We checked into a hostel, and I was deteriorating fast. Food, then sleep, then reassess. We walked through a pedestrian area that was crowded with sounds and people and smells - a sensory overload that made us understand why people say Shanghai may be the glossy future but Beijing is real China.

We choose a small, crowded noodle shop and wedged into wooden chairs at a wooden table, about 15 feet and several tables from the front door on the busy side street, not realizing yet that the distance and obstacles between me and the street would become important soon enough.

Have you ever had a sore throat that was so painful that it sent spasms of pain down your esophagus when you swallowed? The pain intensifies when you try to blow your nose, which you are now doing constantly, in a way that makes the productivity of your sinuses both impressive and horrifying. We ate a vinegary cucumber salad while waiting for noodles, and that triggered a cough/sneeze/esophogeal mutiny that turned my stomach over. I had just enough time to register, 'Oh shit, this is actually about to happen, isn't it?' I grabbed for the snot-soaked tissues in my pockets and tried to extricate myself from the blocky chairs and tables that penned me in, and rushed for the exit.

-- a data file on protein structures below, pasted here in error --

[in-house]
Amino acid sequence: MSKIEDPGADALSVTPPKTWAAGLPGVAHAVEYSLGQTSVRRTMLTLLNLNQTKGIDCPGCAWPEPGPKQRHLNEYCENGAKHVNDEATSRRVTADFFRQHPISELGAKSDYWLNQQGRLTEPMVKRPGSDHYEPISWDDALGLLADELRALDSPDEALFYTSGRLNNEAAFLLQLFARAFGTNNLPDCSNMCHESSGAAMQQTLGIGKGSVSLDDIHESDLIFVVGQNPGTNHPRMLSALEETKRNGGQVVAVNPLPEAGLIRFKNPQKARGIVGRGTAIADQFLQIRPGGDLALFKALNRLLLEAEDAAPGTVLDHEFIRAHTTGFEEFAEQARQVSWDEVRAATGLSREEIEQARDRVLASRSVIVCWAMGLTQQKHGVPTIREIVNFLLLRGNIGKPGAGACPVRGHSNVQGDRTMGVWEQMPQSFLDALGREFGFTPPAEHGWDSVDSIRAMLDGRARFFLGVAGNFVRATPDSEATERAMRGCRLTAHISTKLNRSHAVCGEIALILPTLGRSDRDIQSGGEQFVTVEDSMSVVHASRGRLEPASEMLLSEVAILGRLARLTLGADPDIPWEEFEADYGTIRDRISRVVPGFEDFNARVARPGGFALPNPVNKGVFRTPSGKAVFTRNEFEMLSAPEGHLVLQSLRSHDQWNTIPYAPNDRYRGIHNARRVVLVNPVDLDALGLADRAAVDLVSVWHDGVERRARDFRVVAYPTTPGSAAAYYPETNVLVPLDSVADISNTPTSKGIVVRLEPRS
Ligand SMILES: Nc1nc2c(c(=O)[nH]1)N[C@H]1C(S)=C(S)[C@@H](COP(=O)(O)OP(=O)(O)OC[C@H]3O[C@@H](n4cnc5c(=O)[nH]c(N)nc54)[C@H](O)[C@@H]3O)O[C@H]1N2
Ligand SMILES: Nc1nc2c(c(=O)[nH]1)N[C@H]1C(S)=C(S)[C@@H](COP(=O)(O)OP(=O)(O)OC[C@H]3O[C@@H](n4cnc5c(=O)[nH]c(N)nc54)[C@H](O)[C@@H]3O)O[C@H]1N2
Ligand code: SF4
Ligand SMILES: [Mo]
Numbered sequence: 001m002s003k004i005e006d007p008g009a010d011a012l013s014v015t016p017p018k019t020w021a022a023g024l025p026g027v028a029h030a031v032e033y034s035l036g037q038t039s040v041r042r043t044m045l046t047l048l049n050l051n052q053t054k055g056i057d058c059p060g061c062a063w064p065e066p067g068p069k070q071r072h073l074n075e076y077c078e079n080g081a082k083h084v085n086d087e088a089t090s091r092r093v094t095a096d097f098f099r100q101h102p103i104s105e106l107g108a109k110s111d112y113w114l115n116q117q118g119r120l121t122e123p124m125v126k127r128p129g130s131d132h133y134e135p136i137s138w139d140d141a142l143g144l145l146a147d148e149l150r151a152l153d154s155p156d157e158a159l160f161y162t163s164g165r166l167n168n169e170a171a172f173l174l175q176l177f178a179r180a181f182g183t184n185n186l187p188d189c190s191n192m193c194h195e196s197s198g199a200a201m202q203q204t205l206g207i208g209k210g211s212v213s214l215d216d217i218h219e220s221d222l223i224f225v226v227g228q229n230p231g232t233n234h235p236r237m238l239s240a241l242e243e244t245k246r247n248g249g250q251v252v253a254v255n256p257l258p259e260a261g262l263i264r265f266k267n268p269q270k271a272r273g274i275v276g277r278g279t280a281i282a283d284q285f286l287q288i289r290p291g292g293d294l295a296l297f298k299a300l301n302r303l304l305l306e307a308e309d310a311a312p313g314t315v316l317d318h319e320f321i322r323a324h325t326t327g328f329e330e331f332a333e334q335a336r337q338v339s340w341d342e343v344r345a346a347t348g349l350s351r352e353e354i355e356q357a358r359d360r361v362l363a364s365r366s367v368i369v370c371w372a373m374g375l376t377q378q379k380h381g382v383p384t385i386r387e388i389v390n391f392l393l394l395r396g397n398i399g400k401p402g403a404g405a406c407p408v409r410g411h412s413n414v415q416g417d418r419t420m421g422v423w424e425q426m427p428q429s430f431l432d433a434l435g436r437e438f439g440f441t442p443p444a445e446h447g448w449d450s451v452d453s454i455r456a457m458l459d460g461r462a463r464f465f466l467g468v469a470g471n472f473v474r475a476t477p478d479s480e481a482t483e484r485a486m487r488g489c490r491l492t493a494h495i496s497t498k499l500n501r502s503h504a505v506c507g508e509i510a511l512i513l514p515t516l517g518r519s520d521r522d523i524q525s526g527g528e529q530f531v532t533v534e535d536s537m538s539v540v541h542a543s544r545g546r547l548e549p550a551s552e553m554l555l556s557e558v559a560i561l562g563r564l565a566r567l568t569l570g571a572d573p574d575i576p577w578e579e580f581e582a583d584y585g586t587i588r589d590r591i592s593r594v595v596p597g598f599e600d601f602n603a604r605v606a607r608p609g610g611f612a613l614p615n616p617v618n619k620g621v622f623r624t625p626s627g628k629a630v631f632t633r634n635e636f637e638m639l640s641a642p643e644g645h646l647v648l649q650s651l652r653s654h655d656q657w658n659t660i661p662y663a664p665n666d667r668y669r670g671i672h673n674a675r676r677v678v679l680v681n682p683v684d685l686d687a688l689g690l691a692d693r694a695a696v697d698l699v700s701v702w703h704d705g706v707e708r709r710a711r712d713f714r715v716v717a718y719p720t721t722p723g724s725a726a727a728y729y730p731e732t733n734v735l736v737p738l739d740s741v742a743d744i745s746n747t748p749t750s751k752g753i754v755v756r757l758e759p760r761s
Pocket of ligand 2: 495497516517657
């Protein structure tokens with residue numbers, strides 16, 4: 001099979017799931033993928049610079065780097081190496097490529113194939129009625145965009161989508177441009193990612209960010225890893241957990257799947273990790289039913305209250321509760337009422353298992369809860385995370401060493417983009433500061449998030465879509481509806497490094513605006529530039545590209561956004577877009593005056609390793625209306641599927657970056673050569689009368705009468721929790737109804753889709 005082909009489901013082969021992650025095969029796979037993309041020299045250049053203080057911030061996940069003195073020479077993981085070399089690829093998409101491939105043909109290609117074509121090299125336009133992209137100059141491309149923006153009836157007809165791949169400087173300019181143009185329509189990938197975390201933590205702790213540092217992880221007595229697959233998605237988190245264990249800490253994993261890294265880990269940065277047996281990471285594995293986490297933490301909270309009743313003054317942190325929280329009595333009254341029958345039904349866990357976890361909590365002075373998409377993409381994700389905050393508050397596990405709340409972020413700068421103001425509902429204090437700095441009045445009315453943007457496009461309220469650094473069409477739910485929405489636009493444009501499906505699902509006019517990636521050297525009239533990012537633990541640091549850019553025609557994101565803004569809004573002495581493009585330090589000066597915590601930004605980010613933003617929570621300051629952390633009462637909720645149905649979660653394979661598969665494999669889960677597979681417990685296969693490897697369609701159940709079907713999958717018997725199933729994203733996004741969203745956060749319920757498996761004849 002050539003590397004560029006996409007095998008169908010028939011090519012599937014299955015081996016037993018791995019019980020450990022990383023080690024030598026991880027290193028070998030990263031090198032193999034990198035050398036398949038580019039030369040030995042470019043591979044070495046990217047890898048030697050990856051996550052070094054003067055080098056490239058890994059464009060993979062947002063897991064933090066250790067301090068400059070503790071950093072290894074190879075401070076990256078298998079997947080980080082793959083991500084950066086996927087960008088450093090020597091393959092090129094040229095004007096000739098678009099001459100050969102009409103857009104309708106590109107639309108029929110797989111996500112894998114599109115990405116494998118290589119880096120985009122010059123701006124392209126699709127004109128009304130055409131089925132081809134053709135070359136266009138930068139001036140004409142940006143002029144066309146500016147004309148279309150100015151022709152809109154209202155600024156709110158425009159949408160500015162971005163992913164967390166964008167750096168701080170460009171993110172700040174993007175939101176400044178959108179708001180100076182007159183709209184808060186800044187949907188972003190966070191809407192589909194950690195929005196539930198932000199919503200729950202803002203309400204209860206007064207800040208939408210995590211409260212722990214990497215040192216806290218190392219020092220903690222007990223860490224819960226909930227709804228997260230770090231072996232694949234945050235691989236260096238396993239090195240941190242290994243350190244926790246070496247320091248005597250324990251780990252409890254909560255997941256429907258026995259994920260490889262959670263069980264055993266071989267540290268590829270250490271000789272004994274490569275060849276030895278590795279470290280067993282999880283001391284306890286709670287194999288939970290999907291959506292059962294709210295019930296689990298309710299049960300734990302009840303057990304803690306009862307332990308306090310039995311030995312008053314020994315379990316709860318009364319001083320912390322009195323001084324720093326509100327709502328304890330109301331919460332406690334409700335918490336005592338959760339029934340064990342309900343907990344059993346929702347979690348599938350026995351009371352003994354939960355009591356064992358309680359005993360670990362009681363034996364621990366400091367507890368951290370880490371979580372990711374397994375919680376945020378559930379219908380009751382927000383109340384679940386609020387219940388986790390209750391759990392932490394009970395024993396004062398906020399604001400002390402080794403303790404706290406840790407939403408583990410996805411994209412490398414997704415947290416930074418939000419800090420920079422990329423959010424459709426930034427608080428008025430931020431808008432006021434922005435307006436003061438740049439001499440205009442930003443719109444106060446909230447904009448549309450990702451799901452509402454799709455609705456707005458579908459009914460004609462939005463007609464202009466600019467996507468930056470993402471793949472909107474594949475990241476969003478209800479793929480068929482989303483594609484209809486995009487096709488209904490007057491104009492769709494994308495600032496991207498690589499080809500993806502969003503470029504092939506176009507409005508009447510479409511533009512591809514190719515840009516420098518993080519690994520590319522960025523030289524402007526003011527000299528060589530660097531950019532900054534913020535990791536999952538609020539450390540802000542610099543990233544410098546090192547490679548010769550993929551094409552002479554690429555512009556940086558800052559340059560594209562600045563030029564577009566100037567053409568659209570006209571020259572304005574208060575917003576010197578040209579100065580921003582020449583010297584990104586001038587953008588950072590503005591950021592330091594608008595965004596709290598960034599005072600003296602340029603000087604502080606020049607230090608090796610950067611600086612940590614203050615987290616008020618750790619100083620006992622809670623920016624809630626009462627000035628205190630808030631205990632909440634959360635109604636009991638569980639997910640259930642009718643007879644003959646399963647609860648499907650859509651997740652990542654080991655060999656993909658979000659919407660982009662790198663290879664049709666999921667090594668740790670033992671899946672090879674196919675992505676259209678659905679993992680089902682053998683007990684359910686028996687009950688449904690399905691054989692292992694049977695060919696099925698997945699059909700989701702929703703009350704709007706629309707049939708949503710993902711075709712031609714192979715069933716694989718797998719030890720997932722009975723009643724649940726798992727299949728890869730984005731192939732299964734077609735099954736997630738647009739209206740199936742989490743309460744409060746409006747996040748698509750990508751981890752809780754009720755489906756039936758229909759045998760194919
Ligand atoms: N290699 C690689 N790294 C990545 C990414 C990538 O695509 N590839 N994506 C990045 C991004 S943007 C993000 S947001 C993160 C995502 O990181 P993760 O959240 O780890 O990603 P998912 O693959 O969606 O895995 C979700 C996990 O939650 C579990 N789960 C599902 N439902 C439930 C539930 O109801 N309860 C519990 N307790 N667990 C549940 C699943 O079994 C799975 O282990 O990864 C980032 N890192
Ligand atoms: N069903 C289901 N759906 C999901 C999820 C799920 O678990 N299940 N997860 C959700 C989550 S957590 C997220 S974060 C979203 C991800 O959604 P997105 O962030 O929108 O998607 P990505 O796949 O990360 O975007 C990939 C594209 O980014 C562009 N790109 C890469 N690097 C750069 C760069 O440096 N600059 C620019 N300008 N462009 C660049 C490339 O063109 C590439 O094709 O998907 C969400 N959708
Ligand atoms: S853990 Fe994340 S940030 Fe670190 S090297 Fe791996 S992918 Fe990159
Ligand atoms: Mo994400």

I paused momentarily, relieved I was at least outside now, but realized this street didn't offer a lot of options. I was trying to conceal myself anywhere as the salad came tumbling out in loud, heaving retches. I was loosely aware that an old man was watching from the next shop stoop, and that I needed to make sure I didn't get anything inside the rickshaw, and that the Jetta was really shiny and I should probably avoid splattering its fender, too.